Lester B. Pearson School Board (LBPSB) Chair Suanne Stein Day called for police to remove two members of the public during an unusually fraught school commissioners’ meeting, April 28.
Stein Day bridled after Chris Eustace, her political opponent in the upcoming Nov. 2 school board election murmured a comment from the back of the room to another member of the public, Jason Doan.
“Mr. Eustace, you are not allowed to speak at council meetings,” Stein Day reproached, referring to her decision five months ago to bar him from speaking during the council’s question period.
When Eustace replied that he had not posed a question, Stein Day called for security to remove him from LBPSB council chamber.
Moments later, Stein Day also called for them to remove professional economist Cindy Mac Donald, after she questioned the decision to oust Eustace. Mac Donald had, just a few minutes earlier, raised a number of questions about possible conflicts of interest on Stein Day’s part, during which Stein Day turned the meeting over to vice-chair Angela Nolet and left the room.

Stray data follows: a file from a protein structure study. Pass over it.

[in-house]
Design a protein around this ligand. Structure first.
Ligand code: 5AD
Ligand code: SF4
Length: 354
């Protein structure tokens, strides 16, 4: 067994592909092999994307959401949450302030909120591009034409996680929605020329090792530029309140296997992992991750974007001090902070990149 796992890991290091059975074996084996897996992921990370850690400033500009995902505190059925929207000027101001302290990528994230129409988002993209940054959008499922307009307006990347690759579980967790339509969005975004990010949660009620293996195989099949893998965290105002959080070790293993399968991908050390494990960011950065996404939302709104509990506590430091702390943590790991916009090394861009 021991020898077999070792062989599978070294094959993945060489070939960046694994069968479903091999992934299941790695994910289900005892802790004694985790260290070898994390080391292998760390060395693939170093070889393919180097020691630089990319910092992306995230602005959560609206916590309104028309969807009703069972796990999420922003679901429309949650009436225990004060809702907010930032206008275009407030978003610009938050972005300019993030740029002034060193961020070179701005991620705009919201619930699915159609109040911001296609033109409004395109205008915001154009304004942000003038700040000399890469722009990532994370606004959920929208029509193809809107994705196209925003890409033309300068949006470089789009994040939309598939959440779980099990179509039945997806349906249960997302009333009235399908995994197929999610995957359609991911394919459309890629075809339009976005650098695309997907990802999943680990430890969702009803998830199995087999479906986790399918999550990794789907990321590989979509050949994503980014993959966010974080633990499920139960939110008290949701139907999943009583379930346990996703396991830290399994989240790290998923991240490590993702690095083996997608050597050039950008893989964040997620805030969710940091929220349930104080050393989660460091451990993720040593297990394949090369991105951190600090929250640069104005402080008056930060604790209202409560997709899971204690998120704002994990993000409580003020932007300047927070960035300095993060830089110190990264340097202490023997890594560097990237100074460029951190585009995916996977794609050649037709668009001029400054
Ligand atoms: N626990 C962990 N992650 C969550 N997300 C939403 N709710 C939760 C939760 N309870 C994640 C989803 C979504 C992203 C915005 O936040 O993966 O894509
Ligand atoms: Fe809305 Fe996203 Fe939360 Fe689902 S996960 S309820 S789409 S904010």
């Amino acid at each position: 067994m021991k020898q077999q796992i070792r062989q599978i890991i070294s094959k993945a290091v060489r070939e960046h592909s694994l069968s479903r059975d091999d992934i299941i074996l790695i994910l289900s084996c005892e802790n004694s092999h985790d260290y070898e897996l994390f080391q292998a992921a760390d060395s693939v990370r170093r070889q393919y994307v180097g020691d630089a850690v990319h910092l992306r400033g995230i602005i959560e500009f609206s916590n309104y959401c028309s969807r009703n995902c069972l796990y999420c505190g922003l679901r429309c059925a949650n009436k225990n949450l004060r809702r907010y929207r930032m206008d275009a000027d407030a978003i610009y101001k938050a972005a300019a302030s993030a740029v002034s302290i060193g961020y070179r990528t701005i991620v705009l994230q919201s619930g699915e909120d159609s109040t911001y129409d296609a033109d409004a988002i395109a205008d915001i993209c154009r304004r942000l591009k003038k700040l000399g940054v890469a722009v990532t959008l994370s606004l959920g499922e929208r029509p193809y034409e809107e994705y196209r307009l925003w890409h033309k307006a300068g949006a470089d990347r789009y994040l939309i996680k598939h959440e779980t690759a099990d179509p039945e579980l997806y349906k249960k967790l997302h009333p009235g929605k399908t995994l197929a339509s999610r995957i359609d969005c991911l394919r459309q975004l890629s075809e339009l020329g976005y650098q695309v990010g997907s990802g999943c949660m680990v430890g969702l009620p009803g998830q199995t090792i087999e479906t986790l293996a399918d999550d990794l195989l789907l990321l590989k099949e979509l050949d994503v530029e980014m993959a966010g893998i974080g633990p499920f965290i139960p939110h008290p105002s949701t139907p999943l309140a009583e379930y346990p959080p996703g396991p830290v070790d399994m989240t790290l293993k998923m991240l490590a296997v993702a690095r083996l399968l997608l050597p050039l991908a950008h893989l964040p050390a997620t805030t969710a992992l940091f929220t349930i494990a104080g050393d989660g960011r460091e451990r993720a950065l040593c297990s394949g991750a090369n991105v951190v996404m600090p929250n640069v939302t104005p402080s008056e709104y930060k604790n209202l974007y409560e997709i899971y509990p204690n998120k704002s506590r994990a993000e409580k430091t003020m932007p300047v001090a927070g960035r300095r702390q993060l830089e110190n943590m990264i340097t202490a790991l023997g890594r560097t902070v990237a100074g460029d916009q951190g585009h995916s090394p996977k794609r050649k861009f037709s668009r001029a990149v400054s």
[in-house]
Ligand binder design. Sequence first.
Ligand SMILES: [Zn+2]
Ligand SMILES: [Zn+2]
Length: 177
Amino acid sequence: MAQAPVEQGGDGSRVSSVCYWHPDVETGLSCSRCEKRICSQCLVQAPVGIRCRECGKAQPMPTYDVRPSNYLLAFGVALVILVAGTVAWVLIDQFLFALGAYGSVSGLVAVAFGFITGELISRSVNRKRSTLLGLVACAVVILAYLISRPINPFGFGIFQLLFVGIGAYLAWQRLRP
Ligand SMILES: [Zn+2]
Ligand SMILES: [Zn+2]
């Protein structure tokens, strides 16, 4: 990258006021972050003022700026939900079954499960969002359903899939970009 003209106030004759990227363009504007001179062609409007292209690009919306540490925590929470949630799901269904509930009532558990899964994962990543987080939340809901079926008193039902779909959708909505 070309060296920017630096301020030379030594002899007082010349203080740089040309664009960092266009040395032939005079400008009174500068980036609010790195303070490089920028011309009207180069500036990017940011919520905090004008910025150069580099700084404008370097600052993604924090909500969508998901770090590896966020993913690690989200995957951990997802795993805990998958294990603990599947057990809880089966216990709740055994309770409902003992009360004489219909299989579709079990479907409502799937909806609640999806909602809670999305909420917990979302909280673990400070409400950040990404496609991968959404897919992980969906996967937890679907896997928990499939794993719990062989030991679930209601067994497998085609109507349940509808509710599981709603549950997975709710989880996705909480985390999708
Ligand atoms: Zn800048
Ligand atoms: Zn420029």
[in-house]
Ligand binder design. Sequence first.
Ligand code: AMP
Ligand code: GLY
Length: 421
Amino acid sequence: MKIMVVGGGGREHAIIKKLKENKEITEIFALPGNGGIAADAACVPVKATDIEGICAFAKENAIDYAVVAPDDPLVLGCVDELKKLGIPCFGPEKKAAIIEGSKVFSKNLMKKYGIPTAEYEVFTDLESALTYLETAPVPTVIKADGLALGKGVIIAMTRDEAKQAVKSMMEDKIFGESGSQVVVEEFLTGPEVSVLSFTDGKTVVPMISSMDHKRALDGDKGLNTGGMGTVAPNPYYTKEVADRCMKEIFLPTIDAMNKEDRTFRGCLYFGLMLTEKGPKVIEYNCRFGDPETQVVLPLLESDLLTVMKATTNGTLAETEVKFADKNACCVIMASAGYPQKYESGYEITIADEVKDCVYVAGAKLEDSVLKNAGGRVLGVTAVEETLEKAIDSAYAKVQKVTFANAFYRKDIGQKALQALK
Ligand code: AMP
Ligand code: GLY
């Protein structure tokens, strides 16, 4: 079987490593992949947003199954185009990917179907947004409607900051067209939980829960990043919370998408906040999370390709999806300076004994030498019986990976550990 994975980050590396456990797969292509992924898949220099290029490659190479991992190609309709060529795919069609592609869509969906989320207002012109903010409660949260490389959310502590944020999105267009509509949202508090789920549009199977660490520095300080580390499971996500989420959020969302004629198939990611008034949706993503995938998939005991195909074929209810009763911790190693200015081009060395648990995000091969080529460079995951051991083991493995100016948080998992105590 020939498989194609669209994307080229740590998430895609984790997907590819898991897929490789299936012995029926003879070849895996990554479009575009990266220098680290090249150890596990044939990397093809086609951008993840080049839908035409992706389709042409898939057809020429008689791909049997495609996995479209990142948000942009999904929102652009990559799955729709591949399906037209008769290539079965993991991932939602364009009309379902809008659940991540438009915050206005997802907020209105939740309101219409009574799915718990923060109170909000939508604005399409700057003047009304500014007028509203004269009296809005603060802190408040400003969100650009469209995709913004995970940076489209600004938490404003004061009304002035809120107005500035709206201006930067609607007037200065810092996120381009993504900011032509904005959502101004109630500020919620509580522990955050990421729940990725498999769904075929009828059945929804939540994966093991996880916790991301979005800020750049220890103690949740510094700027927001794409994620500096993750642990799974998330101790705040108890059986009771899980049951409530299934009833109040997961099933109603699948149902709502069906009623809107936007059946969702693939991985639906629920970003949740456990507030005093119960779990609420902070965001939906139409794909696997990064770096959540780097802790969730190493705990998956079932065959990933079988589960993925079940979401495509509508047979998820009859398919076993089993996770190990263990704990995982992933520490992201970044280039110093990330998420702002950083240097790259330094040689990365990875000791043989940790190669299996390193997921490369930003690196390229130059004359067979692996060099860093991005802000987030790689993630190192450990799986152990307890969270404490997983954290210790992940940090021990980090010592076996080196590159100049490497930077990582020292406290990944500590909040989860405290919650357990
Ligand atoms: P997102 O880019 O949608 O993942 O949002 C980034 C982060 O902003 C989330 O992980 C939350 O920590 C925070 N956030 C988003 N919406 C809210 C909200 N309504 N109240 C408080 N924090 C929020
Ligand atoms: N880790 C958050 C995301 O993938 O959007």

Also conspicuous by her absence was parent commissioner and LBPSB Central Parents’ Committee Chair Laura Derry.
An unusually large crowd of parents attended the meeting, several of whom alleged that Derry had been barred from the commissioners’ caucus, and demanded to know LBPSB’s policy for doing so.
Stein Day declined to answer, saying that she would not permit the council to discuss matters that pertain to an individual commissioner.
Officials sealed the electronic door locks of the council chamber and LBPSB-hired security guards would not permit uninvolved members of the public into council chamber afterward. According to former Beaconsfield High School teacher Luc Horne, who was trapped outside, the LBPSB only readmitted them after police banged on the door and told officials to allow them to enter the public meeting.
“When someone speaks out of turn, there has to be some sort of discussion,” Horne told Stein Day afterward. “If someone is removed from a meeting, the decision should be made in public with reasons given. It’s not healthy to have the kind of interaction that we had at this meeting.”
By Robert Frank, April 30th, 2014 – The Suburban
Original Article Here